Origin of sedative
Examples from the Web for sedative
Just as Palmer, taken in sixty-second doses, seems relaxed, so, measured over hours, he seems in need of a sedative.
At 6.23 p.m., a doctor administered the first drug, which corrections officials identified as the sedative midazolam.Lethal Injection Leads to the Most Botched Executions|Austin Sarat, Robert Henry Weaver, Heather Richard|April 30, 2014|DAILY BEAST
Ohio used a mix of midazolam, a sedative, with hydromorphone, a powerful narcotic.What Happens to the Death Penalty When Lethal Injection Isn’t Quick and Painless?|Andrew Cohen|January 21, 2014|DAILY BEAST
Only one thing seemed to calm his wanderlust: “I find an interesting book the only sedative,” he said.
They gave a sedative to Methos, the alpha-male wolf, because he seemed particularly anxious.At New Jersey’s Turtle Back Zoo, Humans Slept Alongside the Pythons|Winston Ross|November 5, 2012|DAILY BEAST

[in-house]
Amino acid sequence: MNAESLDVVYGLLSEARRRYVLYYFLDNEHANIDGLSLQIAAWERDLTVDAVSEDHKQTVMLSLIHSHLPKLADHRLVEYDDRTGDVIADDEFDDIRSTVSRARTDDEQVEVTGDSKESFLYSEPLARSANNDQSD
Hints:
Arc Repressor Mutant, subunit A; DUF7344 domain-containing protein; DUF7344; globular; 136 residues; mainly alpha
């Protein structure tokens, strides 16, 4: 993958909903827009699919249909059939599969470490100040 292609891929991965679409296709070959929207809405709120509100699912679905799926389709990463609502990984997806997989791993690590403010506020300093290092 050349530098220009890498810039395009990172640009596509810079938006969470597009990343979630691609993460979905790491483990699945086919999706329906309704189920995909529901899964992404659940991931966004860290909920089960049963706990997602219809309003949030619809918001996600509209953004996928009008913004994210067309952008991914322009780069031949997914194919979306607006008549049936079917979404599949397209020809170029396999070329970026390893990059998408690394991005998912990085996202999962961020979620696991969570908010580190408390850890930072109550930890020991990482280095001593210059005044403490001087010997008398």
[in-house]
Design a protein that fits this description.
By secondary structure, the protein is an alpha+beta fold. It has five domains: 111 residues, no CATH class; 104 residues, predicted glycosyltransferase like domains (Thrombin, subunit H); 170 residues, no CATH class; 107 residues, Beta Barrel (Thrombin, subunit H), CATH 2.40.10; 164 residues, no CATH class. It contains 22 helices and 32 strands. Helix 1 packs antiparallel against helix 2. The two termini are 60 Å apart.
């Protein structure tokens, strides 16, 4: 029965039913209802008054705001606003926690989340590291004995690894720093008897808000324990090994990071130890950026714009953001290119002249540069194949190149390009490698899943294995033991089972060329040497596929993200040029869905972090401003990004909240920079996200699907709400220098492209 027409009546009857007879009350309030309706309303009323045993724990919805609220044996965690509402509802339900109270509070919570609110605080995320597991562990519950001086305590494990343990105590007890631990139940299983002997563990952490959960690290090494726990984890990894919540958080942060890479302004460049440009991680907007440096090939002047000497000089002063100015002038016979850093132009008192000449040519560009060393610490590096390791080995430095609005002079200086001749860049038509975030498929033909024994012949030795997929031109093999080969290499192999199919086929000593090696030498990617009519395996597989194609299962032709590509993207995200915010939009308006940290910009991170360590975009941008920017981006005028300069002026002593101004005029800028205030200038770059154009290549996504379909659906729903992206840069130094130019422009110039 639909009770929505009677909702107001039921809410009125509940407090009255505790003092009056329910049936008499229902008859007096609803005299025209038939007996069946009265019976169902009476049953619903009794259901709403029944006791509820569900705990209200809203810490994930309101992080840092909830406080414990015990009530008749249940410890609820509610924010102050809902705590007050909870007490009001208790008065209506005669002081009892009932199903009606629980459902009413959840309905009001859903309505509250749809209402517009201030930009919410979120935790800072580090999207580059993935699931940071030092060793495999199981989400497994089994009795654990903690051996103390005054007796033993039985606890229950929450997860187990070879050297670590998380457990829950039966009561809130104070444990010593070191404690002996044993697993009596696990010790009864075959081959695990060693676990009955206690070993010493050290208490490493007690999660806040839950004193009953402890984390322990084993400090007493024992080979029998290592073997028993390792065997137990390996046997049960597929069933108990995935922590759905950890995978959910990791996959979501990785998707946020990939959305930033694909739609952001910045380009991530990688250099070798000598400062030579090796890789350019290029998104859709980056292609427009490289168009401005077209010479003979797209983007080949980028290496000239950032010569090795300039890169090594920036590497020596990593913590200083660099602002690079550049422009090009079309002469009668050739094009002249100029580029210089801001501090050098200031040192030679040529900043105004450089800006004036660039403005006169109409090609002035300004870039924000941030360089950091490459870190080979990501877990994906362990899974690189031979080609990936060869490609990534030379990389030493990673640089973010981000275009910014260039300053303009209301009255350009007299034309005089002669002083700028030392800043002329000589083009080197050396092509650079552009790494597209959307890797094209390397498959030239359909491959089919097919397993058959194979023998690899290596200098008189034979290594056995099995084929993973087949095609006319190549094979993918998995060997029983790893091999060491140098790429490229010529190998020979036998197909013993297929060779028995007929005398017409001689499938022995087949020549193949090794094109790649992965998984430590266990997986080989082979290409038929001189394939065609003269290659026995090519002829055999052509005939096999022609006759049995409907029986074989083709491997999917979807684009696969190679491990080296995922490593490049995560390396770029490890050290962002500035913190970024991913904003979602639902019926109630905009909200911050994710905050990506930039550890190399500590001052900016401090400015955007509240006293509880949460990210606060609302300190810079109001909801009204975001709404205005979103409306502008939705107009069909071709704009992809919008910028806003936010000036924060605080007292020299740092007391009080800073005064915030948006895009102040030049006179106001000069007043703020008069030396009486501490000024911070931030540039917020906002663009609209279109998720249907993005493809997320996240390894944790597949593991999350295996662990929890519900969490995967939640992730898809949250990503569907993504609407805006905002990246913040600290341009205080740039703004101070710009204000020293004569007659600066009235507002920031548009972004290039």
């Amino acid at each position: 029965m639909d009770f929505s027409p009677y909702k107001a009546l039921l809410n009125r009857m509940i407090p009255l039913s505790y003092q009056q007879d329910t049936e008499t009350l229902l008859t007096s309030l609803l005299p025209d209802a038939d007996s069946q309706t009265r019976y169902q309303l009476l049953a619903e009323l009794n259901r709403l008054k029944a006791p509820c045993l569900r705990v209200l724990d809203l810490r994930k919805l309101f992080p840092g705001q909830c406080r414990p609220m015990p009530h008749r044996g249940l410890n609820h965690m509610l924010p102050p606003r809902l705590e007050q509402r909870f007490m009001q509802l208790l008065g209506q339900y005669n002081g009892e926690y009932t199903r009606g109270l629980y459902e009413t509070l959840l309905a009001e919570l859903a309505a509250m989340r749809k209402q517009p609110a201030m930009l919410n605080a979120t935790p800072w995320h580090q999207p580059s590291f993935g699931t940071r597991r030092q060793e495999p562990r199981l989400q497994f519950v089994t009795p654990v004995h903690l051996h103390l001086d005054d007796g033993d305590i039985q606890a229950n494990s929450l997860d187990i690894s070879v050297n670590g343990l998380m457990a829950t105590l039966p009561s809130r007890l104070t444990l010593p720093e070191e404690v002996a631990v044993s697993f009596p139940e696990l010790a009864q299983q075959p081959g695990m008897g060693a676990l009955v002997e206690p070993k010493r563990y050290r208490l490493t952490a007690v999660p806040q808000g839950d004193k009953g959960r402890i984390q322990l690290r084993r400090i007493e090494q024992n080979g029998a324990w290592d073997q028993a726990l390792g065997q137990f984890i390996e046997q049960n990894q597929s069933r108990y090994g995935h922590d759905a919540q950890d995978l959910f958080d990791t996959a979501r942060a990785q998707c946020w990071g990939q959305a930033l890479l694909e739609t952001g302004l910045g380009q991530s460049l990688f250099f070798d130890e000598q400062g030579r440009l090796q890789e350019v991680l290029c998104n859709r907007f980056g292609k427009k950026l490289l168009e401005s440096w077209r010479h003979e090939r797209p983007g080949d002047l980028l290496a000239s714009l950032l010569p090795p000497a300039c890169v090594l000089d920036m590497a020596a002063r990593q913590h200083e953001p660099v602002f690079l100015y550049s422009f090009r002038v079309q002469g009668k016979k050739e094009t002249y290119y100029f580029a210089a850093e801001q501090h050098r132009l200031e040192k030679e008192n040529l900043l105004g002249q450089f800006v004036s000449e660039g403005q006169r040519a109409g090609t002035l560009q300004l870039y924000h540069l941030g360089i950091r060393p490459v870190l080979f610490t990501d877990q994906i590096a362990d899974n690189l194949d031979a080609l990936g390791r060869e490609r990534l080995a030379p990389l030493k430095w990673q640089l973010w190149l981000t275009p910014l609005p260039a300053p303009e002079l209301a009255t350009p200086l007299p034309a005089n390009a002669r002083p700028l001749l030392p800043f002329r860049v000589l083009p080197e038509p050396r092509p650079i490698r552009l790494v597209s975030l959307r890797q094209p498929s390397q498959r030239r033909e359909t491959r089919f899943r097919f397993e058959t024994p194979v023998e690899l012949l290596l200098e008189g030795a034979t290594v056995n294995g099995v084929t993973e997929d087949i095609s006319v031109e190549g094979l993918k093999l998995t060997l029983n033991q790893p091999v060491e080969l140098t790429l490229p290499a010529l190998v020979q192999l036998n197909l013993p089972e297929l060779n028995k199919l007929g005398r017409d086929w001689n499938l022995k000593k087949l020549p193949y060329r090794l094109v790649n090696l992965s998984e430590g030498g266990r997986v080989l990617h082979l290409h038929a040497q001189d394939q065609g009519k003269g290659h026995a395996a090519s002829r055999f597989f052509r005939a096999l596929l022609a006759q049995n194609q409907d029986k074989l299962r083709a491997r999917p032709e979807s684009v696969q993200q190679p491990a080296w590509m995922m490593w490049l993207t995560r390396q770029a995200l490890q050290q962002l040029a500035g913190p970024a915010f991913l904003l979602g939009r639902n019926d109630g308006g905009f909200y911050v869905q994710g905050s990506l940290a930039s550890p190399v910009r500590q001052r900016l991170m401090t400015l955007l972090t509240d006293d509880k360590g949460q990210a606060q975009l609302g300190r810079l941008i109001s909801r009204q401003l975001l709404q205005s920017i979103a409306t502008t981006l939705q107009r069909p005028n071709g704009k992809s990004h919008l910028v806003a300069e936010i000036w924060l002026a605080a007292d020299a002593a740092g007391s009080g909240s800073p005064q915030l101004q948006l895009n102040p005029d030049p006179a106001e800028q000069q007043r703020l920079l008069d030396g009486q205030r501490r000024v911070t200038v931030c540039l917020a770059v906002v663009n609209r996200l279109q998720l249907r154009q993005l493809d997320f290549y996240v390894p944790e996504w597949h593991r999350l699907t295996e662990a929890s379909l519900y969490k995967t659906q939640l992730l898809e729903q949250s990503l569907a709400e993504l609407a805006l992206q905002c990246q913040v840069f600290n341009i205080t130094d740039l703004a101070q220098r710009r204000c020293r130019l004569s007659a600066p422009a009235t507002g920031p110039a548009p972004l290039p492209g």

Hot water acts as a stimulant and antiseptic, as a sedative and as a food.Intestinal Ills|Alcinous Burton Jamison
It is no new propensity of animal nature, to find pleasure from the combination of a stimulant, and a sedative.
Margaret submitted to take the sedative draught sent by the medical man.Henry Dunbar|M. E. Braddon
It is an inflammatory, not a sedative prescription: it is rather a blister than an opiate.
He, therefore, that desireth to fight with Arjuna should take a sedative.The Mahabharata of Krishna-Dwaipayana Vyasa Bk. 4|Kisari Mohan Ganguli
Word Origin for sedative
"tending to calm or soothe," early 15c., from Medieval Latin sedativus "calming, allaying," from sedat-, past participle stem of sedare, causative of sedere "to sit" (see sedentary). The noun derivative meaning "a sedative drug" is attested from 1785. Hence, "whatever soothes or allays."